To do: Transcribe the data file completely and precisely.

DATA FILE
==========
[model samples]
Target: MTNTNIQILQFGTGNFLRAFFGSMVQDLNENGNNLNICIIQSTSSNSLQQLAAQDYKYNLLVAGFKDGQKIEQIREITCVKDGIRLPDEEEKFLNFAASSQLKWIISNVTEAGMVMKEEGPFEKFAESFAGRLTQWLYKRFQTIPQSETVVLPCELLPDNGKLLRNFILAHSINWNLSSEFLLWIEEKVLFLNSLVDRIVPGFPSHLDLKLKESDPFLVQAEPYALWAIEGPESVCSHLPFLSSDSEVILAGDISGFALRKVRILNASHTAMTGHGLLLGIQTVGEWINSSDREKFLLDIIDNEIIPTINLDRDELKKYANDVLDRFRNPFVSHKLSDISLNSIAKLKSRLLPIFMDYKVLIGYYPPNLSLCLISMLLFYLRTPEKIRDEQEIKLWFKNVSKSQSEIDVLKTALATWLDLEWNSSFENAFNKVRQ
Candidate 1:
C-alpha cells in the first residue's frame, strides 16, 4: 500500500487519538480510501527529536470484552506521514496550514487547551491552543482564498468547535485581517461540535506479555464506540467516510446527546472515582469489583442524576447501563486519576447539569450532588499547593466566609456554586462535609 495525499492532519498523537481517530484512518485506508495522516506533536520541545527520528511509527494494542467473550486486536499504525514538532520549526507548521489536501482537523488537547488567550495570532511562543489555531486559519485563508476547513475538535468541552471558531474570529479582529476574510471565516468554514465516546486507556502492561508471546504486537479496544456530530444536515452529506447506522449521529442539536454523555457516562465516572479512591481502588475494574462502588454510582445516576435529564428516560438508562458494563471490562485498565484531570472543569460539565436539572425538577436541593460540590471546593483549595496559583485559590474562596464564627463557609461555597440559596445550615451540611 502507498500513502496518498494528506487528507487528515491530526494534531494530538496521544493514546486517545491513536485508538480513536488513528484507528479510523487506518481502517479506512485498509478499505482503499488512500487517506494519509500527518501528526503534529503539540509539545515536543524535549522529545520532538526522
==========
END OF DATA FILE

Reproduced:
[model samples]
Target: MTNTNIQILQFGTGNFLRAFFGSMVQDLNENGNNLNICIIQSTSSNSLQQLAAQDYKYNLLVAGFKDGQKIEQIREITCVKDGIRLPDEEEKFLNFAASSQLKWIISNVTEAGMVMKEEGPFEKFAESFAGRLTQWLYKRFQTIPQSETVVLPCELLPDNGKLLRNFILAHSINWNLSSEFLLWIEEKVLFLNSLVDRIVPGFPSHLDLKLKESDPFLVQAEPYALWAIEGPESVCSHLPFLSSDSEVILAGDISGFALRKVRILNASHTAMTGHGLLLGIQTVGEWINSSDREKFLLDIIDNEIIPTINLDRDELKKYANDVLDRFRNPFVSHKLSDISLNSIAKLKSRLLPIFMDYKVLIGYYPPNLSLCLISMLLFYLRTPEKIRDEQEIKLWFKNVSKSQSEIDVLKTALATWLDLEWNSSFENAFNKVRQ
Candidate 1:
C-alpha cells in the first residue's frame, strides 16, 4: 500500500487519538480510501527529536470484552506521514496550514487547551491552543482564498468547535485581517461540535506479555464506540467516510446527546472515582469489583442524576447501563486519576447539569450532588499547593466566609456554586462535609 495525499492532519498523537481517530484512518485506508495522516506533536520541545527520528511509527494494542467473550486486536499504525514538532520549526507548521489536501482537523488537547488567550495570532511562543489555531486559519485563508476547513475538535468541552471558531474570529479582529476574510471565516468554514465516546486507556502492561508471546504486537479496544456530530444536515452529506447506522449521529442539536454523555457516562465516572479512591481502588475494574462502588454510582445516576435529564428516560438508562458494563471490562485498565484531570472543569460539565436539572425538577436541593460540590471546593483549595496559583485559590474562596464564627463557609461555597440559596445550615451540611 502507498500513502496518498494528506487528507487528515491530526494534531494530538496521544493514546486517545491513536485508538480513536488513528484507528479510523487506518481502517479506512485498509478499505482503499488512500487517506494519509500527518501528526503534529503539540509539545515536543524535549522529545520532538526522